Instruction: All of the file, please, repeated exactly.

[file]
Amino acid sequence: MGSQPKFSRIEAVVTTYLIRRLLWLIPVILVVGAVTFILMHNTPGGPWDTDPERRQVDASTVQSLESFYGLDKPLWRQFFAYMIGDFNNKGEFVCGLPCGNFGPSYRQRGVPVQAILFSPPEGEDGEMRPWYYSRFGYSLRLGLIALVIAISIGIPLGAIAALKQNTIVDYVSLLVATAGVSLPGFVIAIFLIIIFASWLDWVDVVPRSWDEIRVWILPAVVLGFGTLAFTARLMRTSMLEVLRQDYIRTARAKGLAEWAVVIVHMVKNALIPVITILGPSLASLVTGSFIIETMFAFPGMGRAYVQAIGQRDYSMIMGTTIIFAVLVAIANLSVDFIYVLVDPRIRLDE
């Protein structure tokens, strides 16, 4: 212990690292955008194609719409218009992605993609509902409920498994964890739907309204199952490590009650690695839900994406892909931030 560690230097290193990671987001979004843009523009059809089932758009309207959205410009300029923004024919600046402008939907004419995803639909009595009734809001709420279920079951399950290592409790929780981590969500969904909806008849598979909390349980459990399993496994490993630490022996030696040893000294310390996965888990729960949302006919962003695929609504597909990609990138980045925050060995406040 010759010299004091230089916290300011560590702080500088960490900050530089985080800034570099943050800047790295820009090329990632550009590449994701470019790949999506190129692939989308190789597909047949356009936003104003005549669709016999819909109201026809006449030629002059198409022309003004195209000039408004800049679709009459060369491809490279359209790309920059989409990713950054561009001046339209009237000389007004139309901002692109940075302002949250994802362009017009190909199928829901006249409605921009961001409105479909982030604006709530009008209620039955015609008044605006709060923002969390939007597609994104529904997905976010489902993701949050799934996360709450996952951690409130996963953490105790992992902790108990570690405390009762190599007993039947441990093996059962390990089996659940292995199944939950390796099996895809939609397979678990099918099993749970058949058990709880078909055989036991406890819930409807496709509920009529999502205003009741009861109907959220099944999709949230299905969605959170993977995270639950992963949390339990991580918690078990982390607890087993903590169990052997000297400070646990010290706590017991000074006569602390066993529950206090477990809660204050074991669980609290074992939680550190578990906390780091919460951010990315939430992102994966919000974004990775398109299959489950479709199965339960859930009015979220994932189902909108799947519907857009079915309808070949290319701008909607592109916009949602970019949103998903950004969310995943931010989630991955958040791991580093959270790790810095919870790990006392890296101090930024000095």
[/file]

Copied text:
Amino acid sequence: MGSQPKFSRIEAVVTTYLIRRLLWLIPVILVVGAVTFILMHNTPGGPWDTDPERRQVDASTVQSLESFYGLDKPLWRQFFAYMIGDFNNKGEFVCGLPCGNFGPSYRQRGVPVQAILFSPPEGEDGEMRPWYYSRFGYSLRLGLIALVIAISIGIPLGAIAALKQNTIVDYVSLLVATAGVSLPGFVIAIFLIIIFASWLDWVDVVPRSWDEIRVWILPAVVLGFGTLAFTARLMRTSMLEVLRQDYIRTARAKGLAEWAVVIVHMVKNALIPVITILGPSLASLVTGSFIIETMFAFPGMGRAYVQAIGQRDYSMIMGTTIIFAVLVAIANLSVDFIYVLVDPRIRLDE
């Protein structure tokens, strides 16, 4: 212990690292955008194609719409218009992605993609509902409920498994964890739907309204199952490590009650690695839900994406892909931030 560690230097290193990671987001979004843009523009059809089932758009309207959205410009300029923004024919600046402008939907004419995803639909009595009734809001709420279920079951399950290592409790929780981590969500969904909806008849598979909390349980459990399993496994490993630490022996030696040893000294310390996965888990729960949302006919962003695929609504597909990609990138980045925050060995406040 010759010299004091230089916290300011560590702080500088960490900050530089985080800034570099943050800047790295820009090329990632550009590449994701470019790949999506190129692939989308190789597909047949356009936003104003005549669709016999819909109201026809006449030629002059198409022309003004195209000039408004800049679709009459060369491809490279359209790309920059989409990713950054561009001046339209009237000389007004139309901002692109940075302002949250994802362009017009190909199928829901006249409605921009961001409105479909982030604006709530009008209620039955015609008044605006709060923002969390939007597609994104529904997905976010489902993701949050799934996360709450996952951690409130996963953490105790992992902790108990570690405390009762190599007993039947441990093996059962390990089996659940292995199944939950390796099996895809939609397979678990099918099993749970058949058990709880078909055989036991406890819930409807496709509920009529999502205003009741009861109907959220099944999709949230299905969605959170993977995270639950992963949390339990991580918690078990982390607890087993903590169990052997000297400070646990010290706590017991000074006569602390066993529950206090477990809660204050074991669980609290074992939680550190578990906390780091919460951010990315939430992102994966919000974004990775398109299959489950479709199965339960859930009015979220994932189902909108799947519907857009079915309808070949290319701008909607592109916009949602970019949103998903950004969310995943931010989630991955958040791991580093959270790790810095919870790990006392890296101090930024000095």